by Kiara Covarrubias

My sister and I were buying pan dulce downtown at a Mexican store. The cashier initiated the conversation in English which was no surprise considering we do not look Mexican. My sister replied in Spanish but the cashier continued his chopped English.
“Why would he do that?” asked my sister. “Why would he speak English to me when I am perfectly capable of speaking Spanish?”
It makes perfect sense for immigrants who want to assimilate forget about the culture that is discriminated against in this country.
Illegal immigration is a problem. But it is not worse than discrimination. Arizona Senate Bill 1070 brought attention to Arizona’s problems, but most importantly it brings attention to the problems in the federal immigration policy, or lack thereof.
In San Diego, the ICE raids in the Latino communities are the only representation of a federal immigration policy and they are hardly beneficial. Parents keep their children at home instead of sending them to school for fear of losing them. Cases of students being deported on their way to school have spread in the area. I fail to see the threat of people educating themselves, and it is time for the authorities to realize that brown skin is not a threat.
    Senate Bill 1070 states that under “reasonable suspicion” the police can to request proof of citizenship or residency. Thus, it now is necessary for Arizona residents to carry papers at all times due to state law, similar to fascist laws in Nazi Germany.
    “Reasonable suspicion” remains to be defined. But it is difficult to believe that such a process will not include racial profiling. Having brown skin, speaking Spanish, or going to buy a paleta could be categorized as “reasonable suspicion.” Latinos fall under these categories.
    This provides “reasonable suspicion” that the bill is not anti-illegal immigration, but anti-Latino.
Nowhere in the bill does it allow racial profiling, but it definitely encourages it. Instead of looking for criminals and deporting them, the police will be looking for immigrants and waiting for them to commit a crime.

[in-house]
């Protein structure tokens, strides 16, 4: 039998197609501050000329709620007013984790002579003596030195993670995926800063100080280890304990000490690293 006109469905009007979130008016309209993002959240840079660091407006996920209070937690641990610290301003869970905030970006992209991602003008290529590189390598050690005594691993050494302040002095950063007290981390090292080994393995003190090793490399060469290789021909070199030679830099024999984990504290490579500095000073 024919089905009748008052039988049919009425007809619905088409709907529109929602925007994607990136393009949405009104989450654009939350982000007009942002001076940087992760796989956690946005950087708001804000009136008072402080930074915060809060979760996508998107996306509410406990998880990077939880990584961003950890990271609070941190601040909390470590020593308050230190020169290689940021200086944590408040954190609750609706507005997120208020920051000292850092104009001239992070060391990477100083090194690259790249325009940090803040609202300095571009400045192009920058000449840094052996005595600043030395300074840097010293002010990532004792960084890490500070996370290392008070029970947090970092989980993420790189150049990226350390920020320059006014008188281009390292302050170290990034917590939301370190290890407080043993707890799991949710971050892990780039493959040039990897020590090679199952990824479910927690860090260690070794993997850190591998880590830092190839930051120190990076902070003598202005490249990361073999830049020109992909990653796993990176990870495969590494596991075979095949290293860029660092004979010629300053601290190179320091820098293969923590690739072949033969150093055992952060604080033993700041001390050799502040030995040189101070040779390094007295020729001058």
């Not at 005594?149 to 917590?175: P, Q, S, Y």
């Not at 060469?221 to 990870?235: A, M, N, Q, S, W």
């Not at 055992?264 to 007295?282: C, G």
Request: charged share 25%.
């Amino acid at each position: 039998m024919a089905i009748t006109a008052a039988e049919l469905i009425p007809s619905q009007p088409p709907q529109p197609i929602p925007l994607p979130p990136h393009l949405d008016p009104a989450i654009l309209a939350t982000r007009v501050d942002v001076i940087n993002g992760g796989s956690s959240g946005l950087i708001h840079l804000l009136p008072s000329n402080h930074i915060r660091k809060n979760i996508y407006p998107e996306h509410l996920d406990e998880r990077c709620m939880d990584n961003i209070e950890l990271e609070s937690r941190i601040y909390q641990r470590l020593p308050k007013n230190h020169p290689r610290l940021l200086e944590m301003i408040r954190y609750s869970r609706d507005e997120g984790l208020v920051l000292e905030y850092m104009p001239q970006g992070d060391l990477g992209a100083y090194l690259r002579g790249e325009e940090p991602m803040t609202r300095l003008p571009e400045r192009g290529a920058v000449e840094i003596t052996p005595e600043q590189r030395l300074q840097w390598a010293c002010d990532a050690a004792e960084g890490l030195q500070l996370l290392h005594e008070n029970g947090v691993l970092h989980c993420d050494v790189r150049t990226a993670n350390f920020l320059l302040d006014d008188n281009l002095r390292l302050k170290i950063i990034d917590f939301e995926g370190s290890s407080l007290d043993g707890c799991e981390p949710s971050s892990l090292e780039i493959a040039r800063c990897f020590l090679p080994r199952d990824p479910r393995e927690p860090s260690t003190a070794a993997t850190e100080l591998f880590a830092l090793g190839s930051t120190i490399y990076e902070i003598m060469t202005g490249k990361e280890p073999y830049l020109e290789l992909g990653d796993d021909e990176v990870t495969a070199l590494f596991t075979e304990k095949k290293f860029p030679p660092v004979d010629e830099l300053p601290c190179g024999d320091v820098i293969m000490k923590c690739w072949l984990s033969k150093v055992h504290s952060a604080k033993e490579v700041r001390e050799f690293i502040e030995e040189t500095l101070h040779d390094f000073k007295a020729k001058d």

241,000 illegal immigrants crossed the Arizona-Mexico border in 2009 according to the U.S. Customs and Border Protection agency, a drastic decrease compared to the 600,000 reported nine years ago. The problem with immigration is evident. The lack of intervention from the federal government is frustrating. The subject of immigration is inevitably emotional. But the complexity of this situation can be remedied with logic whereas SB 1070 seems formulated from desperation.
The isolated cases of violence highlighted in the media cause the public to draw conclusions about the role of illegal immigrants in the violence. Politicians feed off of this effect. By making the focus of the bill a way to combat violence, politicians gain the support of the public by labeling illegal immigrants the aggressors and citizens the victims.
It is comforting for the public to know that whites are the law-abiding citizens, that they are exempt from the “criminal” label.
Emotion, discrimination, and racism aside, FBI statistics report that violence in Arizona fell by 1,500 and reported property crimes fell by 10,000 from 2005 to 2008. In that same time period, the population of Arizona increased by 600,000. According to the nonpartisan Immigration Policy Institute, a century’s worth of research has demonstrated that immigrants are less likely to commit crimes than the native-born.
This emphasizes that the over representation of minorities in prison is due to discrimination. Minorities are more likely to be detained by a cop and delegated longer sentences.
Presently, any illegal immigrant convicted of a crime must prove legal residency, and if there is no proof, the authorities can immediately deport the person. But this new legislation labels all illegal immigrants as criminals.
It is no coincidence that this bill has presented itself at the time of economic crisis. Arizona is using illegal immigrants as scapegoats. Arizona needs to realize that this Senate Bill creates more problems than solutions, that discrimination is not a solution.